The ability to quickly visualize how new proposals could be constructed was key to the phasing of work between the championships. Galliford Try, the main contractor, embraced this technology as a tool to inform major strategic decisions. This was vital to the success of this project. Each phase of construction not only had to be completed within the time period, but it also had to be adapted to allow a championship to be staged with no loss of quality of experience to the public, members, press, and players. For instance, the decision to have one championship without a roof was not taken lightly.

“It was not possible to complete and clad the whole roof in one nine-month period, which included the construction of terraces in the east wing. And although the team considered several scenarios with a partially completed roof, the decision was made to forgo the roof construction for this year,” Westmuckett said. “Of course, that year it rained—a lot.”

Speed of erection was vital once the team moved into each new phase. During construction staging, a trial testing and erection regime was carried out at a site in northern England. 3D design models were built up in sections and presented in workshop sessions with the design and construction team to establish the erection procedure. “The whole process was carefully monitored and reported so that what was learned at this test could be applied in the more congested site at Wimbledon,” Westmuckett explained.

Solutions to speed on-site construction included prefabrication of sections of box trusses complete with air handling units that were fabricated and stored locally, ready for installation immediately upon completion of a championship. The 3D design technology facilitated procurement and communication of information with fabricators. For example, a CD of a complete model of the precast concrete terraces was given to the precast manufacturer, which then produced its own shop drawings. The model also had the steel stools that supported the units. This was issued to the steelwork contractor, which then produced the steel raker beams and supporting structure. Westmuckett commented, “It was difficult to find a better and simpler way of ensuring the accuracy of this interface.”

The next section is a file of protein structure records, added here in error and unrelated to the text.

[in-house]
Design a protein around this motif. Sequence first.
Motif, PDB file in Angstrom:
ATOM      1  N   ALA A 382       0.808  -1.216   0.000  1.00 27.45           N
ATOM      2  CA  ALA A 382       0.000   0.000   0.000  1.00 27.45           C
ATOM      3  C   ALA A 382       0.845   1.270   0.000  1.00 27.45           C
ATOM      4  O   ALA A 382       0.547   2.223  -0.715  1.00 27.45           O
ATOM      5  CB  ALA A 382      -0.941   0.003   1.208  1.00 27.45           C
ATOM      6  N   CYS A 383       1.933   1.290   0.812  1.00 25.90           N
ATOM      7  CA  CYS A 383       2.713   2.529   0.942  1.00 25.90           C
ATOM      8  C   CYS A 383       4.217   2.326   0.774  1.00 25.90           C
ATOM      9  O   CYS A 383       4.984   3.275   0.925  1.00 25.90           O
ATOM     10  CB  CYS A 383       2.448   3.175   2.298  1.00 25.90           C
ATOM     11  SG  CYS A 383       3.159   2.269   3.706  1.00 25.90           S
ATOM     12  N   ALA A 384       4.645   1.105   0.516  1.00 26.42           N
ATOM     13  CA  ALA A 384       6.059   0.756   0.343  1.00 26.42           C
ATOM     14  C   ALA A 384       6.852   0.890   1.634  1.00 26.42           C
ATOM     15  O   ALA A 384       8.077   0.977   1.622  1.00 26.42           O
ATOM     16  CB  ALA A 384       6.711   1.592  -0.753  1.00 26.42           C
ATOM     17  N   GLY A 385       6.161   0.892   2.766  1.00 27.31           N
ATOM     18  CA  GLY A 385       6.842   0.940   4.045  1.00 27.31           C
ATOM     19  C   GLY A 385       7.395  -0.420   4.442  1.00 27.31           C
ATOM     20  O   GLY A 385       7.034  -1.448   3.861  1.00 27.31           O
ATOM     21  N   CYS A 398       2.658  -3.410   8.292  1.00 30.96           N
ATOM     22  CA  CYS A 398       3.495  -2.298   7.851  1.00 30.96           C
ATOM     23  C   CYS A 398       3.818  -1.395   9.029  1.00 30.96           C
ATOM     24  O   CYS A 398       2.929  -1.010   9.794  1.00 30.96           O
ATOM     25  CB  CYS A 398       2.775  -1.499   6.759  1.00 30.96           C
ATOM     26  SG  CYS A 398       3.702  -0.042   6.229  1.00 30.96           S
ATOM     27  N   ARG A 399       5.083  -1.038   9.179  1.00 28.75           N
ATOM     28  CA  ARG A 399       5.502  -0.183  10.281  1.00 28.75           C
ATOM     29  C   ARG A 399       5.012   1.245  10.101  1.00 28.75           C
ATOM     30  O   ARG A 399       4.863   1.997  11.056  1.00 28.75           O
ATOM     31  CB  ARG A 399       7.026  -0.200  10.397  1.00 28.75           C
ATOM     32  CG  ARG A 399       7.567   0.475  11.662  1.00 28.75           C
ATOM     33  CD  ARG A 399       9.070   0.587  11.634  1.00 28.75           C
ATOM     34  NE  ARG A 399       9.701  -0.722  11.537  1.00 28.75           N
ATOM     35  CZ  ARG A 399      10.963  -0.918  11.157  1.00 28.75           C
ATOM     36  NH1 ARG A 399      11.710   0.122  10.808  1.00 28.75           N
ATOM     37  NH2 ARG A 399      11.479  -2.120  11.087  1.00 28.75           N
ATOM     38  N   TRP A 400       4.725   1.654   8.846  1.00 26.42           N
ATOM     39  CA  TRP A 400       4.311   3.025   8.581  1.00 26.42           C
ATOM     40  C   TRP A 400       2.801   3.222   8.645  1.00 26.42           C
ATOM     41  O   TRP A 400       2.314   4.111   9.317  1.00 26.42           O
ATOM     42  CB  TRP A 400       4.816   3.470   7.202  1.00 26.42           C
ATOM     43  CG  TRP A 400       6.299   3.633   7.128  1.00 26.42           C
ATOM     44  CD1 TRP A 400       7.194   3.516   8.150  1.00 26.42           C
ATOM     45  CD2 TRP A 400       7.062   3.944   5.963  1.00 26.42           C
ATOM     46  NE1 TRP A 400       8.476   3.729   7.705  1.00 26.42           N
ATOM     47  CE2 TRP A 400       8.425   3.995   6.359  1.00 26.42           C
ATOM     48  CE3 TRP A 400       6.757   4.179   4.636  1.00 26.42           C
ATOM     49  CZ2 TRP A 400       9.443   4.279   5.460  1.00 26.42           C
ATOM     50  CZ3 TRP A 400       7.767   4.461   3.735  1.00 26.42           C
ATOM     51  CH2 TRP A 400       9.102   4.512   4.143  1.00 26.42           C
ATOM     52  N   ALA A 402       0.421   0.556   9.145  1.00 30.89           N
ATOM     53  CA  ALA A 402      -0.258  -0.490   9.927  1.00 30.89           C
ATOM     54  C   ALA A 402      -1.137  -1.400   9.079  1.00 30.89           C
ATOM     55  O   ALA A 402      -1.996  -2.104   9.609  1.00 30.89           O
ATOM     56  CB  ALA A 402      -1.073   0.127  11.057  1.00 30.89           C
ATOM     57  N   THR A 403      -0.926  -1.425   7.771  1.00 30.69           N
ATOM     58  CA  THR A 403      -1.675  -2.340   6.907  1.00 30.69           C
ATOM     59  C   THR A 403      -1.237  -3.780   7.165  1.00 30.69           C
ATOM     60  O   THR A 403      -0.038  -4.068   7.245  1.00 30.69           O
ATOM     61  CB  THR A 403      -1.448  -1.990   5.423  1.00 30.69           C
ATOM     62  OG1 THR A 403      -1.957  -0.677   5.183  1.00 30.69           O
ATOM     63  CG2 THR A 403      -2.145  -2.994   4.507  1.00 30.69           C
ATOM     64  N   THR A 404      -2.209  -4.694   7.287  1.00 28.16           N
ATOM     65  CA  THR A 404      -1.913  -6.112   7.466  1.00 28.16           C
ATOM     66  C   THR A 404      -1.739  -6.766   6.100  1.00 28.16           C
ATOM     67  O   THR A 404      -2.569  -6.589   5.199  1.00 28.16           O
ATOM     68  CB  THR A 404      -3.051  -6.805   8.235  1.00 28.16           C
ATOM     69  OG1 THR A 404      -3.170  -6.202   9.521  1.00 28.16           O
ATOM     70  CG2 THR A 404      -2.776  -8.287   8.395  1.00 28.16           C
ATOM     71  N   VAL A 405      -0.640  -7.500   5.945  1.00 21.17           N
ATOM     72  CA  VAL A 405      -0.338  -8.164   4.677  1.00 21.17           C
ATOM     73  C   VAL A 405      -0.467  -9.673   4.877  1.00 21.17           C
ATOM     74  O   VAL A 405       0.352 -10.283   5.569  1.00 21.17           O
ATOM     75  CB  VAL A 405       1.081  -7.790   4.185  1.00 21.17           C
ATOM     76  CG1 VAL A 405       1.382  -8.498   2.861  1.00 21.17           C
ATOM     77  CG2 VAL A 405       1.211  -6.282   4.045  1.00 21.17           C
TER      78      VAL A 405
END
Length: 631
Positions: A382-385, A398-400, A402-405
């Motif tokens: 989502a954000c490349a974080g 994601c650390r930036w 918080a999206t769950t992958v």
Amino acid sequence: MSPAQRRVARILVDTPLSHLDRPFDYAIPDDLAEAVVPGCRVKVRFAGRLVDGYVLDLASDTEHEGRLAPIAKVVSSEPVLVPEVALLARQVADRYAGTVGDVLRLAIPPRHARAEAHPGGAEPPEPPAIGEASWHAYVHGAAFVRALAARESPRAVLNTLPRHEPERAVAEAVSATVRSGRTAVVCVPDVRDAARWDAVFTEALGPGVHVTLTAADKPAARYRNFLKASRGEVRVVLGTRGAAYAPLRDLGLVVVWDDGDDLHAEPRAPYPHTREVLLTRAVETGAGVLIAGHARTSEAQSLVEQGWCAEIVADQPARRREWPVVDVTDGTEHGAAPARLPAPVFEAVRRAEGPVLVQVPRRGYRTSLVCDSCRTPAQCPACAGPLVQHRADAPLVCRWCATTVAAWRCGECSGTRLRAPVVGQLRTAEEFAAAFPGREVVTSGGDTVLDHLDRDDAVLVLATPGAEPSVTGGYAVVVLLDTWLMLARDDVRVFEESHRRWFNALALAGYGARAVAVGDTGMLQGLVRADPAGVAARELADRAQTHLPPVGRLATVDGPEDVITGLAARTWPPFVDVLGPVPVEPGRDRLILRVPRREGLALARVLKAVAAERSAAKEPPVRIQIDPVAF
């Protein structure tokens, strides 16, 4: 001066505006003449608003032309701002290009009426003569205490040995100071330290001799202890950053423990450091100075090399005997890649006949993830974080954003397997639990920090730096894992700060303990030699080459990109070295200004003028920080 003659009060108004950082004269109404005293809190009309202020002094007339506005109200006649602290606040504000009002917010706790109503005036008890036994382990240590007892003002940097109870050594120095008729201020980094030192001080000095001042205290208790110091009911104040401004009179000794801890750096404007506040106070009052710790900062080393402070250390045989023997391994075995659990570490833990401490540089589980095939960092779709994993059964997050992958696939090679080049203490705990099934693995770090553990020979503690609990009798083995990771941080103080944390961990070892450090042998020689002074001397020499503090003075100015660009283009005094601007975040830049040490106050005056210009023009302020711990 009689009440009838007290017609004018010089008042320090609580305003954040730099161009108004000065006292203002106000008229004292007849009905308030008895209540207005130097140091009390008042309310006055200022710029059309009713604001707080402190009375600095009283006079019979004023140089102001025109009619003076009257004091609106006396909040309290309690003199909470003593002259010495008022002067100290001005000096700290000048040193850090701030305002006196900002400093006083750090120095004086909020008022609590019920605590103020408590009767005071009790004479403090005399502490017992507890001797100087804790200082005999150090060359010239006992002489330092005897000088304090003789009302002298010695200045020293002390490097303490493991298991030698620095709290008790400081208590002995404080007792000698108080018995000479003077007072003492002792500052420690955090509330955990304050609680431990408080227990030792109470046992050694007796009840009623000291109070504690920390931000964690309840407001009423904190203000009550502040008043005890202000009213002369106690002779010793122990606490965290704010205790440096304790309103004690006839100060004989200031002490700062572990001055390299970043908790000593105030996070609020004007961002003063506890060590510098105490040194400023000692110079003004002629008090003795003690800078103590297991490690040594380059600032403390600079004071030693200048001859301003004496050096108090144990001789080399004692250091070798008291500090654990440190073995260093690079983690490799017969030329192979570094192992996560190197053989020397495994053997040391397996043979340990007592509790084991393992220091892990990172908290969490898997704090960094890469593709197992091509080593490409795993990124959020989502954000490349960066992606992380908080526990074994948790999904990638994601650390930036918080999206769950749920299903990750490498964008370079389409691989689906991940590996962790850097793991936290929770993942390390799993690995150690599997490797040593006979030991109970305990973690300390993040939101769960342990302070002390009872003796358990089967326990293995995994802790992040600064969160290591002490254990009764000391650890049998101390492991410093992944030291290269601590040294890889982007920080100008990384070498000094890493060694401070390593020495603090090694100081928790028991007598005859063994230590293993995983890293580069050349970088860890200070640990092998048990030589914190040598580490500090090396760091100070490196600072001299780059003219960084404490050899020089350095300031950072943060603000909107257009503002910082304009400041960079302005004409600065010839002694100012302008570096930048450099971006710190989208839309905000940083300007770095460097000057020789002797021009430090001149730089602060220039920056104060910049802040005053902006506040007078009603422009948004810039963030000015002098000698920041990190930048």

The use of Bentley Structural and TriForma in the development stages of the design and the integration of other professionals’ work in 3D minimized the necessary design resources. Rather than preparing and issuing 2D drawings and details, the presentation of live models onscreen showing work in progress kept large meetings well focused on the key issues, enhanced communication, and saved valuable time normally lost in digital exchange and long-distance commenting. “The ability to interface with different CAD and software files and to present in live working sessions to inform and discuss key issues was invaluable,” added Westmuckett.

Wimbledon's center court redevelopment was completed in 2009, including the finishing of the new retractable roof. The two new courts envisioned in the master plan are also becoming a reality, with the new court No. 2—seating 4,000 spectators—opening in 2009 and the new Court No. 3—seating 2,000 spectators—opening in 2011.

Cathy Chatfield-Taylor is a freelance writer/editor for the infrastructure engineering and construction industry and a frequent contributor to Be Current magazine, a Bentley publication. She is a member of the International Association of Business Communicators. Contact her at cathy@CC-Tunlimited.com.


Published 12/27/2010 27: 0:0: ConnectPress, Ltd © 2019